Desai is currently the Chairman of the Official Monetary and Financial Institutions Forum (OMFIF) — “a somewhat ungainly name” in his own words � an independent membership-driven research network that focuses on global policy and investment theses for off-the-record public and private sector engagement and analysis. He is also chairman of the Mumbai-based Meghnad Desai Academy of Economics post-graduation institute.
His journey in the US began at the University of Pennsylvania, where he earned his Ph.D. in economics in 1963 but he really came into his own at the University of California-Berkley, where he first came into contact with Amartya Sen, an association that was to last a lifetime.
“The time I spent in Berkley was to have a profound influence on me for reasons entirely other than my work. I would say I became a more mature person in Berkley. I formulated my political ideas more coherently and decisively moved to the Left in many matters. Further, I did this while participating in an amazing movement launched by the students, which changed the nature of student life for many years to come,” Desai writes.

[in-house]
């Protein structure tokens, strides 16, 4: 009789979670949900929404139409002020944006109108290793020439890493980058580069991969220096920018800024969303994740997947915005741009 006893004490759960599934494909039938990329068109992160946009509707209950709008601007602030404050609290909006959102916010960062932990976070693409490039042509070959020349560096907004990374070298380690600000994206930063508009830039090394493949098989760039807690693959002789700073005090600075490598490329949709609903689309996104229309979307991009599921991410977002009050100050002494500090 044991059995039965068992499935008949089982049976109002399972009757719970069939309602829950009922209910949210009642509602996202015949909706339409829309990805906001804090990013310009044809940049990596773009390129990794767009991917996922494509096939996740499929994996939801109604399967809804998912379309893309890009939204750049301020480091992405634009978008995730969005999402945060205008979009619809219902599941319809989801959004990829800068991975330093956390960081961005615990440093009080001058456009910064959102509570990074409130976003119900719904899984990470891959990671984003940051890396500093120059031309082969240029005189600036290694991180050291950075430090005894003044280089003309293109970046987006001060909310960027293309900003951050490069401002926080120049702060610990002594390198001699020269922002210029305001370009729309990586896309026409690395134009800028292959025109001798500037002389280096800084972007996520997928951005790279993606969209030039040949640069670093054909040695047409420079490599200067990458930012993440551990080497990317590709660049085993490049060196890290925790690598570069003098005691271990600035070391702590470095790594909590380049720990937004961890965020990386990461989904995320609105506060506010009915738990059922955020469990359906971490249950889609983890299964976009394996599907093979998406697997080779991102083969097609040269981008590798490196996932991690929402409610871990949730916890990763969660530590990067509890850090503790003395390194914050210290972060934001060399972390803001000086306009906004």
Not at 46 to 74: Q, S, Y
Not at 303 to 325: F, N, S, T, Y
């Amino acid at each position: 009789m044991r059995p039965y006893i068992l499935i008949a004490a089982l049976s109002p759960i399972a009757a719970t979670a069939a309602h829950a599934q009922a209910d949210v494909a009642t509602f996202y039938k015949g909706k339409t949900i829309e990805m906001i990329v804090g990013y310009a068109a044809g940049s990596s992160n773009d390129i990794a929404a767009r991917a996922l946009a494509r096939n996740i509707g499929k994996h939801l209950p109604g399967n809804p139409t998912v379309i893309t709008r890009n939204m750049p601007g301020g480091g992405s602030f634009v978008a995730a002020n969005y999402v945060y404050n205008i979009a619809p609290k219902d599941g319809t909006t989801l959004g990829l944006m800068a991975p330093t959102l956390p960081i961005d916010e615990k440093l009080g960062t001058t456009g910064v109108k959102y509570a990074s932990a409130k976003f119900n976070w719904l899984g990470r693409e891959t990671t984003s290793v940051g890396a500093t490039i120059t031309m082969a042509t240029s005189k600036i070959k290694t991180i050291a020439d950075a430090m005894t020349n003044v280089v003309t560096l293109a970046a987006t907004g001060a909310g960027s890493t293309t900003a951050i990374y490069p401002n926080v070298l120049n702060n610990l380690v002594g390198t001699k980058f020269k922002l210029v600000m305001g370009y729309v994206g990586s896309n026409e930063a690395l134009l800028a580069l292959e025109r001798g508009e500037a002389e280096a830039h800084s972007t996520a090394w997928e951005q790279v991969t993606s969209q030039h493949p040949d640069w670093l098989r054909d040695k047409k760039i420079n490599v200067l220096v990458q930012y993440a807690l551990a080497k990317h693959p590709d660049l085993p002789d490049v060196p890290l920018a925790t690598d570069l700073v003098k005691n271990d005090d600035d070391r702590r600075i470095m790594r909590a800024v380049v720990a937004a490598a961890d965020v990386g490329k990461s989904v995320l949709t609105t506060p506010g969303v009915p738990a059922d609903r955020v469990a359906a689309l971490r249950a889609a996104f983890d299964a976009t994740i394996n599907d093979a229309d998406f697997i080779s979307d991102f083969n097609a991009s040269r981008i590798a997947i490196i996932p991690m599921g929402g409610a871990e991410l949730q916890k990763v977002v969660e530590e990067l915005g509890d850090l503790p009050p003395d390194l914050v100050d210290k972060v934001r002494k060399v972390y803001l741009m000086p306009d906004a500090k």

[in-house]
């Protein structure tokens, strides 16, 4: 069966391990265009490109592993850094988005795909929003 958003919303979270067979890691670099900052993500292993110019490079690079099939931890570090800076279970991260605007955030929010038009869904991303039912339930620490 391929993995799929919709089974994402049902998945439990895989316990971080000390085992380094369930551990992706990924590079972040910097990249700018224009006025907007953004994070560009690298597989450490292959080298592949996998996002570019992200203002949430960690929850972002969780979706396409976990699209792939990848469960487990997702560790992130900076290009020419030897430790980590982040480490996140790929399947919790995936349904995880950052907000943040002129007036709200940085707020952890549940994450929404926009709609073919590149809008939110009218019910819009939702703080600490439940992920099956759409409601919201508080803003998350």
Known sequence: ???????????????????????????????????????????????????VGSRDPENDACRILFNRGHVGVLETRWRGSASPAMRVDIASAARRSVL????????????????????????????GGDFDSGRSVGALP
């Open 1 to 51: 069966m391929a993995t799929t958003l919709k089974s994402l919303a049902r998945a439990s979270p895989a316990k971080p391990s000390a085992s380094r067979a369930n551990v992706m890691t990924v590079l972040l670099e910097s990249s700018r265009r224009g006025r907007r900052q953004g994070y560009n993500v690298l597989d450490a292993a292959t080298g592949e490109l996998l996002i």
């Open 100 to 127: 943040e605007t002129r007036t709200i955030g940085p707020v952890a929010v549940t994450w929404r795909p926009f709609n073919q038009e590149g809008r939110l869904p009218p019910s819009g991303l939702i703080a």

This was followed by a prolonged stint at the LSE from 1965 to 2003 beginning as a lecturer and rising to professor, teaching econometrics (using mathematical models — especially statistics � to describe economic systems), developmental economics, macroeconomics and Marxian economics and, in the 1970s, an idiosyncratic version of economic principles to freshers.
He has written extensively, and apart from eight scholarly books, has published over 200 articles in academic journals and also contributed to the British radical “Tribune” weekly and to two Indian dailies.
In all this, one wonders at the “rebellious” tag he attaches to his autobiography. He does admit to having “lost faith” in his parents’ ability to protect him after his maternal uncle locked him up in a dark bathroom for 20-30 minutes for being mischievous, to the extent that “in fact, I would say that I may have rejected the prospect of my staying on in India once I had the chance to go abroad for this very reason” — but he did stand by his parents to the very end.
Rebellious or radical or unconventional?